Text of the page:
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Evaluation of Starrett City Security Services

NCJ Number
E J Donovan; W F Walsh
Date Published
128 pages
Conducted in 1985-1986, this evaluation examined the impact of private security services on the lifestyle and environment of Starrett City, a 46-building apartment complex in a high-crime area of New York City.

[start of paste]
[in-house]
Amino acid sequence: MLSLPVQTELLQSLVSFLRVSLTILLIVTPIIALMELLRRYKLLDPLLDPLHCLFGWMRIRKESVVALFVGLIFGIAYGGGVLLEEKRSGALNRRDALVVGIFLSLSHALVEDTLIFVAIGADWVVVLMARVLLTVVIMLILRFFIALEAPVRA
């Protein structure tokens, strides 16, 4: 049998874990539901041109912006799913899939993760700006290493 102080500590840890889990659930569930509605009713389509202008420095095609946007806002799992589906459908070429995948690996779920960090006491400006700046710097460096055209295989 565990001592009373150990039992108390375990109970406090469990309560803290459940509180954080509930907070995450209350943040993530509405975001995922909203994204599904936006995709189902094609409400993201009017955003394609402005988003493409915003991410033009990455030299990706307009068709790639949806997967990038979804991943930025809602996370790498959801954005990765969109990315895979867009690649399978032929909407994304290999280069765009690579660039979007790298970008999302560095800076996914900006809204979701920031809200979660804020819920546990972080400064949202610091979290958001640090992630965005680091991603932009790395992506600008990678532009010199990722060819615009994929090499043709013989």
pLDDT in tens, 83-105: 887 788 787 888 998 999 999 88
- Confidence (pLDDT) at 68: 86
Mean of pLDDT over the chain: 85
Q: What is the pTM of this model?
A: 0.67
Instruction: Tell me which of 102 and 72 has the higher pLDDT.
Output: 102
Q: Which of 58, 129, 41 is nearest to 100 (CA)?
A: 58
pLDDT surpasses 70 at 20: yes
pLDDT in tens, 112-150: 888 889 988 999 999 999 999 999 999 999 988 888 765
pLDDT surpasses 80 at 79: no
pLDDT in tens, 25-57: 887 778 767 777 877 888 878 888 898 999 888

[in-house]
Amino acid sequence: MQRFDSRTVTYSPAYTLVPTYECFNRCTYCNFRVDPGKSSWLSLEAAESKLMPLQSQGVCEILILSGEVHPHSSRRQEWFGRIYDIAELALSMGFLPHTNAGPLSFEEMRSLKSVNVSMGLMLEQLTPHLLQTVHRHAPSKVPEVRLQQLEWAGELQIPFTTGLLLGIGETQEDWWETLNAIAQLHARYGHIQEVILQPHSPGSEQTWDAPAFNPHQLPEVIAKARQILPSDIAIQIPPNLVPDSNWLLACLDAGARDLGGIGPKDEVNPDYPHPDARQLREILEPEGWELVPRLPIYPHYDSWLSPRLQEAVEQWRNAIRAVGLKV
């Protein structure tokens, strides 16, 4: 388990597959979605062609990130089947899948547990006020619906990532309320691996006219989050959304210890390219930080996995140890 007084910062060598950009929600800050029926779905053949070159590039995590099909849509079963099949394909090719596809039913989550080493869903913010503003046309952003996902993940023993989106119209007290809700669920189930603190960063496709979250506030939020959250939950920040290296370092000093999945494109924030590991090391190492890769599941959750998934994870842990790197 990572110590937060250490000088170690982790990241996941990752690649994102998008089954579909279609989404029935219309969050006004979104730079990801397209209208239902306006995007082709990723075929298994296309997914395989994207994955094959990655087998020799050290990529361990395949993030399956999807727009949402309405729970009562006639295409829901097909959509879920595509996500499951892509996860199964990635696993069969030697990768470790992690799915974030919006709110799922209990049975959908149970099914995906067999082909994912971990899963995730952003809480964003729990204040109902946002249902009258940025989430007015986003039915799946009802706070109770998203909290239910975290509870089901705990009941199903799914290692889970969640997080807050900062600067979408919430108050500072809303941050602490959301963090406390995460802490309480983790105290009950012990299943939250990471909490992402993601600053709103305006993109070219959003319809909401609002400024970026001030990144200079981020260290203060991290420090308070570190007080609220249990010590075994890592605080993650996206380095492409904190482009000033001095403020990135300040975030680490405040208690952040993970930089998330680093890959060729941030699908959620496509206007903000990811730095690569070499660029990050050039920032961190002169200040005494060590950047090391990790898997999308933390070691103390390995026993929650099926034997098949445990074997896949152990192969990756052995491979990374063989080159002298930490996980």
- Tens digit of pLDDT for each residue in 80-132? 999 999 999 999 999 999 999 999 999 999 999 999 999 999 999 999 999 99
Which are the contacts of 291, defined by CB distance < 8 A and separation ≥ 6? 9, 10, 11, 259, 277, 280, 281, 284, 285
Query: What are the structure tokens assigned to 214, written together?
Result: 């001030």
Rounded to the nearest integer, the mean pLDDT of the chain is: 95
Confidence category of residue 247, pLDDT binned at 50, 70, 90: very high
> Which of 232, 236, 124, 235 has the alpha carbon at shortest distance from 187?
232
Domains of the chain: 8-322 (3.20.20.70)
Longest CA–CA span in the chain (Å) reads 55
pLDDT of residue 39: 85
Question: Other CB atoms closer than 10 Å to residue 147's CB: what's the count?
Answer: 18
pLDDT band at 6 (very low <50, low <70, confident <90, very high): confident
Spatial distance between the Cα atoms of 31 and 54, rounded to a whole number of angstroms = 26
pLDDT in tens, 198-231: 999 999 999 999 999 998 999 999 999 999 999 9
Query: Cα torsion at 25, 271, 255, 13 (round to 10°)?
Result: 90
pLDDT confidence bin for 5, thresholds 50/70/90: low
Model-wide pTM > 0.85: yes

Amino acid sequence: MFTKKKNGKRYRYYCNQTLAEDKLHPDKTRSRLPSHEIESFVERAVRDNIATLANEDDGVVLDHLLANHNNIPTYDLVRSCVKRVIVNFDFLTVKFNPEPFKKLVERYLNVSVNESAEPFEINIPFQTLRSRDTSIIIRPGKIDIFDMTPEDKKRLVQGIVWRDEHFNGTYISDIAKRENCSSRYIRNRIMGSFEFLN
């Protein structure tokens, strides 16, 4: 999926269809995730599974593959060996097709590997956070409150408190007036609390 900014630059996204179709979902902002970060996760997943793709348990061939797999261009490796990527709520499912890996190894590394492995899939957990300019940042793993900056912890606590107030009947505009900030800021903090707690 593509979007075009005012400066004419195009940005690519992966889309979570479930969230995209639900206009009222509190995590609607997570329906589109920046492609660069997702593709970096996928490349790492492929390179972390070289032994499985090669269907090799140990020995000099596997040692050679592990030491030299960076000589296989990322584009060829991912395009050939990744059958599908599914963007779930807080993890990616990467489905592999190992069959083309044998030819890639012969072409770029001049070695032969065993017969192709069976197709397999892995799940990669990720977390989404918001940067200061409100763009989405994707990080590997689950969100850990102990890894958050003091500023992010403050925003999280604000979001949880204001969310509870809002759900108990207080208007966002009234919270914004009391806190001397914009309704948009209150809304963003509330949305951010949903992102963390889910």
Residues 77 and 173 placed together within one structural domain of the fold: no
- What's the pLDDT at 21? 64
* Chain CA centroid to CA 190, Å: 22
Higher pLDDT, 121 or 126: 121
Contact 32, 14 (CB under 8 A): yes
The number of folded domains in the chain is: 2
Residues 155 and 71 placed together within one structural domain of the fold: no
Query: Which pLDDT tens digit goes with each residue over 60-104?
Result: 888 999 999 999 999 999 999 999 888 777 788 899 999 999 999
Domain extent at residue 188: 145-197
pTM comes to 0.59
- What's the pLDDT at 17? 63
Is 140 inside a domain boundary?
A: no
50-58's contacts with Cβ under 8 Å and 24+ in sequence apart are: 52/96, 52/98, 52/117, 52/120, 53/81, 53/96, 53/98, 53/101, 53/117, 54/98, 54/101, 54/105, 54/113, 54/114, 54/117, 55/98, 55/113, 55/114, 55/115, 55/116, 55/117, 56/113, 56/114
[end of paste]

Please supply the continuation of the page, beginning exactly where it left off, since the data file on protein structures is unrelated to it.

The evaluation examined crime data, involved interviews with members of the business community and local police precinct and with security personnel, and used a self-report questionnaire with a representative sample of Starrett City residents (2,235 residents in 17 buildings). A series of frequency distributions of participants' responses on victimization and feelings of fear identified item variability, which provided an analysis of the distributional characteristics of each variable. Selected variables were cross-tabulated to reveal the degree of variability among security and public police officers. This same procedure was used to examine attitudinal variables by racial group among the residents. Survey responses indicate that Starrett City has a very low reported rate of major felonies. Residents attribute their feelings of safety and the low crime rate to the efforts of the security department. Security personnel are highly motivated and well-managed. The security department saves the city $750,000 annually in protective service time, with many of the security services being impossible for police to provide. Among the study recommendations is the suggestion that local police instructors provide free inservice training to Starrett City security personnel. 42 tables and 33 references.


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